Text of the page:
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Monday, July 30, 2007

Bonhoeffer, Ethics and Kevin Rudd

Miss Eagle is thinking - hard. I don't know whether this will be the first or last post of this kind or whether this will the first post of a work in progress. I write four blogs. These blogs reflect the constant interests of a life of sixty-three and a bit years. The links are on the side bars. The blogs cover desert spirituality, social comment, home decor, and food. Into these blogs come other constants: books, film and television, rugby league football - particularly State of Origin, and - occasionally - craft and the refurbishment of furniture and furnishings.

The Eagle's Nest was the first blog but, as it progressed, it seemed too much of a jumble to put all my interests on one blog. As well, readers interested in one topic were not necessarily interested in any of the others. While there is occasional social comment in The Trad Pad and Oz Tucker which is relevant to their topics, I have - to this time - kept this blog free of social comment: a rant free zone.

But what I want to explore is in the manner of a spiritual reflection so this blog seems to be the most appropriate place to write about it. Elections for a Federal Government are due in Australia and are expected by December 2007. The government is a coalition of two conservative parties, the Liberal Party and the National Party. The major party of opposition is the Australian Labor Party. There are a few independents sitting in the House of Representatives. In the Senate there are a smattering of minor parties: The Greens, The Australian Democrats, Family First.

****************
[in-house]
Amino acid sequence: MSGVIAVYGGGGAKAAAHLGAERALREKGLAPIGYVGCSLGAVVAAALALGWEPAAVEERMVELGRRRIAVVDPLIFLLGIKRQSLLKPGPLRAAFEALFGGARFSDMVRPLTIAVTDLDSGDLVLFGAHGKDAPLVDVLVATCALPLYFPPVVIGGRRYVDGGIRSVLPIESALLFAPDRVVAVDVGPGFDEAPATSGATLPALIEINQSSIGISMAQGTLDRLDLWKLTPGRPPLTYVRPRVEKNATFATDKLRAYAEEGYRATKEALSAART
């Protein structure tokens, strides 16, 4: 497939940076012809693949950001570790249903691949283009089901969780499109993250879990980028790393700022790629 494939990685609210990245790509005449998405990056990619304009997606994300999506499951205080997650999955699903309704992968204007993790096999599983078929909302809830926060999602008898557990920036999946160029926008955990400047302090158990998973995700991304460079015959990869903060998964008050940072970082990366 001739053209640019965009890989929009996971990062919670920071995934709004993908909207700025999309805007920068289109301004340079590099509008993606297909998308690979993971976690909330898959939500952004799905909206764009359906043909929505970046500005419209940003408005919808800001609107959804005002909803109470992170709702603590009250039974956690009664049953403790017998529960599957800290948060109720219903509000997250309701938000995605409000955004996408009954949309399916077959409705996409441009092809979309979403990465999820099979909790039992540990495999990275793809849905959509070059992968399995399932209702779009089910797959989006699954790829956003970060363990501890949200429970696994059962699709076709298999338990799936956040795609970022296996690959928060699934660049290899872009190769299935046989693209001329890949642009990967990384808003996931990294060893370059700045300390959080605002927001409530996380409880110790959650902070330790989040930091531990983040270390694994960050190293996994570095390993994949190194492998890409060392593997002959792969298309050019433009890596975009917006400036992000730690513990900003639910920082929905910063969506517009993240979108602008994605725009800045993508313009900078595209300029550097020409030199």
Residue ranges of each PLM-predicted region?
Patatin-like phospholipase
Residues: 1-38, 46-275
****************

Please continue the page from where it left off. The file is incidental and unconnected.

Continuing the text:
Our Prime Minister is John Howard. The Leader of the Opposition is Kevin Rudd. Until the last few years, religion has never been an issue in Australian politics as it is in the politics of the USA. Australians have never been fond of people who wear their religion on their sleeve. And they have been even less fond of politicians who display such a tendency. But this has changed or is changing. Pentecostal churches and their mega churches have acted as a lightning rod for this development.

Pentecostal churches have sought to mobilise their constituencies and have actually sought political power and influence. Politicians are always mesmerised by numbers and are only too happy to turn up to churches that can guarantee an audience of 5/6000 people.

John Howard was raised a Methodist. While he courts conservative Christians, there is little indication by the Prime Minister of his own faith in practice. We do not have any seminal statements of faith.

On the other hand, the Leader of the Opposition, Kevin Rudd, has been more overt about his faith and has actually bought into the debate of faith in public and political life. Rudd was raised a Catholic, lived in an Anglican college at the Australian National University (ANU) and married an Anglican. I am not quite certain but I believe he now attends an Anglican Church.

During Howard's tenure as Prime Minister, his government has been seen to implement policies which cut across Christian ethics:

  1. Detention of refugees in concentration camp like facilities
  2. Management of harsh immigration policies which have also scooped up Australian citizens into a disastrous web of detention and deportation
  3. Questionable attitudes based on the ethnic origins of Australian citizens and residents
  4. Xenophobic attitudes
  5. Introduction of legislation which has eliminated a just balance of workplace relations between employer and employee
  6. Failure to apologise to indigenous Australians for horrendous public policy such as that revealed by the Stolen Generations report, Bringing Them Home
  7. Poor funding and administration of public policy issues relating to Aboriginal people.